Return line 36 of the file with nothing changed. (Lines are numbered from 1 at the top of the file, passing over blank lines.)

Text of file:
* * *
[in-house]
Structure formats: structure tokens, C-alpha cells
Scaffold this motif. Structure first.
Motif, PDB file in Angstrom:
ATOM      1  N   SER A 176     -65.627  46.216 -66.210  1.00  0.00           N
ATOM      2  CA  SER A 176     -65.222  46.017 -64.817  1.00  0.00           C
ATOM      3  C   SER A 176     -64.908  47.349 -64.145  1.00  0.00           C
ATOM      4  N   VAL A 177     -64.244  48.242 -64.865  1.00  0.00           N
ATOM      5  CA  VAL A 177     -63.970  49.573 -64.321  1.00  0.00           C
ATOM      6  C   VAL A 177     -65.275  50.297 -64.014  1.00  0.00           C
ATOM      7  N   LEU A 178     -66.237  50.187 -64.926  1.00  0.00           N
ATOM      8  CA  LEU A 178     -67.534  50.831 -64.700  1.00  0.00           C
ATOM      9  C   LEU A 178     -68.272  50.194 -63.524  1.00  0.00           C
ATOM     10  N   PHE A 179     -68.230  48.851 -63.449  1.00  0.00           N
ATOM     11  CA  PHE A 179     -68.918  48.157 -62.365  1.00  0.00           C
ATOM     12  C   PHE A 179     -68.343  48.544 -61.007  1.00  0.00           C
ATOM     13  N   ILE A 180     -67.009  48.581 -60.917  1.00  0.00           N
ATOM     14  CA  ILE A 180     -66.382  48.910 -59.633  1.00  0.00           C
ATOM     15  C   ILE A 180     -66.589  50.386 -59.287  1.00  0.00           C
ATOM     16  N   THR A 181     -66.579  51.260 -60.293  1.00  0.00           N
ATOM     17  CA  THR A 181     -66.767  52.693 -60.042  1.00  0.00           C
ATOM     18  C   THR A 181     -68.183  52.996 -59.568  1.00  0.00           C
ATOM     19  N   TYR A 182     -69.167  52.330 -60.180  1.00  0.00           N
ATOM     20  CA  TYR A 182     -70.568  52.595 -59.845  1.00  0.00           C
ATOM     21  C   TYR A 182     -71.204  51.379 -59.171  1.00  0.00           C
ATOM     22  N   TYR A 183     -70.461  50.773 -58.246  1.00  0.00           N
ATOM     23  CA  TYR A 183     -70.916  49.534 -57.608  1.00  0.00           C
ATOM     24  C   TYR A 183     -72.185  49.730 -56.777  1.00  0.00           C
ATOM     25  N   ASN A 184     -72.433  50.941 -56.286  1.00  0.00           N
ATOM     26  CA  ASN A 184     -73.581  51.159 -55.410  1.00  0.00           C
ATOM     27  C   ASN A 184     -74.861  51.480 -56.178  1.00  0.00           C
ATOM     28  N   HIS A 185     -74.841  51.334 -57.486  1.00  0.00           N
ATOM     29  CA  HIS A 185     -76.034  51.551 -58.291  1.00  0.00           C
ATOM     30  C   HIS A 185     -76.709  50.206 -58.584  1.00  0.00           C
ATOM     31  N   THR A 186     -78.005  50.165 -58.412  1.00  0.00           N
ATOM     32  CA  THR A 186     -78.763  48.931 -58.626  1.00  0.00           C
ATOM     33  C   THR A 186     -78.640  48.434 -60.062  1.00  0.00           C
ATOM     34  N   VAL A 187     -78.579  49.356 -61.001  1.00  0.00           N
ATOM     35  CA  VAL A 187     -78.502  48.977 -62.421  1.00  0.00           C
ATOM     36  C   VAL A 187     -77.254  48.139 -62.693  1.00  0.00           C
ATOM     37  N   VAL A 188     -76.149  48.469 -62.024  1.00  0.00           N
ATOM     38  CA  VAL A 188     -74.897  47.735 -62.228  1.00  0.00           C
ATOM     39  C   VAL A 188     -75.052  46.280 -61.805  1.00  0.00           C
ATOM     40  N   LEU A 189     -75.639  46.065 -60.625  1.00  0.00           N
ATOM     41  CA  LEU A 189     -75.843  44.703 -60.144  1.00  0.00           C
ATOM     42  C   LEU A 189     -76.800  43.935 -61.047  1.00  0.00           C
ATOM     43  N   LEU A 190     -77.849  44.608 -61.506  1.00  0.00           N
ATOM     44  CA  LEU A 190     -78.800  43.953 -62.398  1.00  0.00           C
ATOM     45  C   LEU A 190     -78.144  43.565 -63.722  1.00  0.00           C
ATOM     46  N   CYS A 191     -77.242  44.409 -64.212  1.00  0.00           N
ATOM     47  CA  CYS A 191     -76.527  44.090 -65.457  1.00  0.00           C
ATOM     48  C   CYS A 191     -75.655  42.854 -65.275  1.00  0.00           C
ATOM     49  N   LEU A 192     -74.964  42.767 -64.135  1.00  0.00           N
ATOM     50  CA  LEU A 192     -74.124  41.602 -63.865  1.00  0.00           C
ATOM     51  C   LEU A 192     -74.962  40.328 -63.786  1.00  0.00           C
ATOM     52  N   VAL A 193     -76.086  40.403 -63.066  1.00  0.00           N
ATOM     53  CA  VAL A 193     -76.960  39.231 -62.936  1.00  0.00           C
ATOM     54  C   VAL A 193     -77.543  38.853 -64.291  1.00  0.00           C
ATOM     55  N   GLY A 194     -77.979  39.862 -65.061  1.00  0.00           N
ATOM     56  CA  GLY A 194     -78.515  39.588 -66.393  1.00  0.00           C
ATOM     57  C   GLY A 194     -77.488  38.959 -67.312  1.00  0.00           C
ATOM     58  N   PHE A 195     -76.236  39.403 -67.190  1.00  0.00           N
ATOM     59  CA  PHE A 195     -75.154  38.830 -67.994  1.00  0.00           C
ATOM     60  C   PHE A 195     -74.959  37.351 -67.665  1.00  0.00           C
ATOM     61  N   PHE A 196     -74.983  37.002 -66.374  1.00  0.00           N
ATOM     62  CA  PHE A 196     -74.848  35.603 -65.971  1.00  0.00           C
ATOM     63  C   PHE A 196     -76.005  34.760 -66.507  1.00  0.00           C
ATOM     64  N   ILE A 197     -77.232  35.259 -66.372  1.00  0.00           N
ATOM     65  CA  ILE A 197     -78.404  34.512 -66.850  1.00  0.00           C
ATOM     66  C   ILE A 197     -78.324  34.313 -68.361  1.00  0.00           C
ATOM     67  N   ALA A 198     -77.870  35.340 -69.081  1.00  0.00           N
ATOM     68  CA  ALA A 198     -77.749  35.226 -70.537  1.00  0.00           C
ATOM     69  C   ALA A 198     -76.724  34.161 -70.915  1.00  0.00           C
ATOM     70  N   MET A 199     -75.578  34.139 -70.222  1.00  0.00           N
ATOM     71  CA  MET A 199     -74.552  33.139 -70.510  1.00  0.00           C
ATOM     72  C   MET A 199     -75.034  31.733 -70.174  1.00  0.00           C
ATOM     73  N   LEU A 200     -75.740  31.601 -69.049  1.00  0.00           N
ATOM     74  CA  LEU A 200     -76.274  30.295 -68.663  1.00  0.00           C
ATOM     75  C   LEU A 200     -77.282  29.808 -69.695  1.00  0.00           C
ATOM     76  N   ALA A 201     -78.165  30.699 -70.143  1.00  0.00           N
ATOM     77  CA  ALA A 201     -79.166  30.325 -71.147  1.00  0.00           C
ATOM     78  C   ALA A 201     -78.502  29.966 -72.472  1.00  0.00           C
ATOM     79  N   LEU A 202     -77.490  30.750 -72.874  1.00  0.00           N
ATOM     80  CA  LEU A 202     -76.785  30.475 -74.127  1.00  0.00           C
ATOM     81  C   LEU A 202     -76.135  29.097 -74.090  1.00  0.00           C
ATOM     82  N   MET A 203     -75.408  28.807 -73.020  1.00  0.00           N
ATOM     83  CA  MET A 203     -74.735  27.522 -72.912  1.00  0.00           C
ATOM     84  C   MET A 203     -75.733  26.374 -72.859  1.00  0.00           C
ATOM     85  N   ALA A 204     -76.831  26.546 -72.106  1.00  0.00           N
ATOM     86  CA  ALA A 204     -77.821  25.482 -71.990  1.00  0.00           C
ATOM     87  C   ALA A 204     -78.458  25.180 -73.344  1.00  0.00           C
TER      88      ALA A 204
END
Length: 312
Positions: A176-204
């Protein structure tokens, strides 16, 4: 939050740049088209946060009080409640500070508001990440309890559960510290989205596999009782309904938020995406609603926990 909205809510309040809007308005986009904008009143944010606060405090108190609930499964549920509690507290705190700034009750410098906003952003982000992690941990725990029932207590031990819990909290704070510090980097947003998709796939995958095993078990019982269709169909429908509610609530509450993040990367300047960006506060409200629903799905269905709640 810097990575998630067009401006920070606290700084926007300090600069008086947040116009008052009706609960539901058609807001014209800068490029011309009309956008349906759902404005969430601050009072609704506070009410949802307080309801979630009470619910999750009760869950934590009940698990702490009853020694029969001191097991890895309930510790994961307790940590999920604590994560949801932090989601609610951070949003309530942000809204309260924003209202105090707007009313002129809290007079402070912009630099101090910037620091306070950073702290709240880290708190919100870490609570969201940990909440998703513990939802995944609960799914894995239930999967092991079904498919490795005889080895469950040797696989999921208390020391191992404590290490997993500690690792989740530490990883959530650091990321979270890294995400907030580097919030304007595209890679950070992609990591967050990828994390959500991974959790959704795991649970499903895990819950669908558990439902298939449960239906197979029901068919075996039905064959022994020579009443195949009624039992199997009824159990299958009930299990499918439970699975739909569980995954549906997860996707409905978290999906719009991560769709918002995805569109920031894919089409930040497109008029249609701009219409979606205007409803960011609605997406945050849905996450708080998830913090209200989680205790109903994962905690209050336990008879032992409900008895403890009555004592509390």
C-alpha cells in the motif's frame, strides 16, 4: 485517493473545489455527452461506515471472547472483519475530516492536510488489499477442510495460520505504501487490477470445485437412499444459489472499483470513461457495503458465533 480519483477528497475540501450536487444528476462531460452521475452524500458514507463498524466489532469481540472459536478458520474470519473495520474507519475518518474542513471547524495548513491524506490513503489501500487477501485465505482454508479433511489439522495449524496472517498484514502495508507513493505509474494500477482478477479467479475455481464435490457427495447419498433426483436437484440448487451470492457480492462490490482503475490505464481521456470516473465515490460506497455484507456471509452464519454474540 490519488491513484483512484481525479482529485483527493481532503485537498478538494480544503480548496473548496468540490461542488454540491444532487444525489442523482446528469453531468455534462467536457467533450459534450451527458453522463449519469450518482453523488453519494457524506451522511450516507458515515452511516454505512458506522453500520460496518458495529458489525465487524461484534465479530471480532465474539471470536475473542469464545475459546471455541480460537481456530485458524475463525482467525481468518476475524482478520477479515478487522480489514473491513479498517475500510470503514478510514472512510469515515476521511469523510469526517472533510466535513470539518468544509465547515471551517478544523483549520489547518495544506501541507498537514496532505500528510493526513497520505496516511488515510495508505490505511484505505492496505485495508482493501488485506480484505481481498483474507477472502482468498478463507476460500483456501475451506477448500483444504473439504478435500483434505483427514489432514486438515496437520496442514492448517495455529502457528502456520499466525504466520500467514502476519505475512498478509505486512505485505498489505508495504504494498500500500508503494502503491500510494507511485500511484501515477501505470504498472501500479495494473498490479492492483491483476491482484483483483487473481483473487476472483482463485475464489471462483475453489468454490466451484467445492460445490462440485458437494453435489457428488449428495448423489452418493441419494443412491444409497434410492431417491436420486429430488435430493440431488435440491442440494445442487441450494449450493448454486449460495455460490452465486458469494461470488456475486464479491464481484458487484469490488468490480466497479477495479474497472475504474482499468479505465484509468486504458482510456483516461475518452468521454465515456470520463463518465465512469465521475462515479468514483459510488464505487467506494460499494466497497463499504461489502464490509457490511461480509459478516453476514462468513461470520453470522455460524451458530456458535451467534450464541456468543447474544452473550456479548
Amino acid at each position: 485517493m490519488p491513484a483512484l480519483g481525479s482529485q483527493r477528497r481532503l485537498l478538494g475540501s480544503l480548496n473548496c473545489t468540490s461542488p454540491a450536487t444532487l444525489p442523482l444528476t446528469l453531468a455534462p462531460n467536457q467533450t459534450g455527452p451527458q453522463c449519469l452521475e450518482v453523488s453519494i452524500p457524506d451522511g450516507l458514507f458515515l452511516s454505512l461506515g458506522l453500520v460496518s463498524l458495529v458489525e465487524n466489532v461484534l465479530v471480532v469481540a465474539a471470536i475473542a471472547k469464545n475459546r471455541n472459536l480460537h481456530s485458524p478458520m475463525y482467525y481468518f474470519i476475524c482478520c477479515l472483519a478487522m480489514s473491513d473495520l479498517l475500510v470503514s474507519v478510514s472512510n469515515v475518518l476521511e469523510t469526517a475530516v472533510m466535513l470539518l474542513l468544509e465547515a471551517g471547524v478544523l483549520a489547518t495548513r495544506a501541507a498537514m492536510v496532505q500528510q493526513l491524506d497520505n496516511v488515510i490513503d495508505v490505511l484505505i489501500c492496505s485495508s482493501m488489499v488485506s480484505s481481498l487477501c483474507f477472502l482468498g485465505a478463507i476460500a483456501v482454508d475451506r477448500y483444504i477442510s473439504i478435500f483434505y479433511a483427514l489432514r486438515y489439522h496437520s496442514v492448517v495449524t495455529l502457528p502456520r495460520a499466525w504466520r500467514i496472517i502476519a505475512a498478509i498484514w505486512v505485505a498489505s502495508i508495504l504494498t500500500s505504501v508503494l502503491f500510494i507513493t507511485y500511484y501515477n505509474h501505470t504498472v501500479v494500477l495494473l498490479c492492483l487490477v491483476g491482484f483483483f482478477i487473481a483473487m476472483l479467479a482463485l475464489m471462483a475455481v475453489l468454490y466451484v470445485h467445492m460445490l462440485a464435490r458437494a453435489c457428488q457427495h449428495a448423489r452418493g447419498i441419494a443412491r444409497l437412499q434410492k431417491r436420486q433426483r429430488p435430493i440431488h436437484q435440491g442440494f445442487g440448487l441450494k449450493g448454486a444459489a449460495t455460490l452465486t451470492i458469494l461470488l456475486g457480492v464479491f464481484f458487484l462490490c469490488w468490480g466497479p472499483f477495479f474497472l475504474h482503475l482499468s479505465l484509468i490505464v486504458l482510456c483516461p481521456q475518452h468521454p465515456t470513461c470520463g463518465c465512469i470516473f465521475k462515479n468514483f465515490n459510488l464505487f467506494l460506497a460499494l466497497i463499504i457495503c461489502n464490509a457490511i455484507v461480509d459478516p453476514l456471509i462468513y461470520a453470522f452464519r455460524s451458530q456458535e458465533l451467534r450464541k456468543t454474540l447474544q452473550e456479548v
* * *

ATOM     32  CA  THR A 186     -78.763  48.931 -58.626  1.00  0.00           C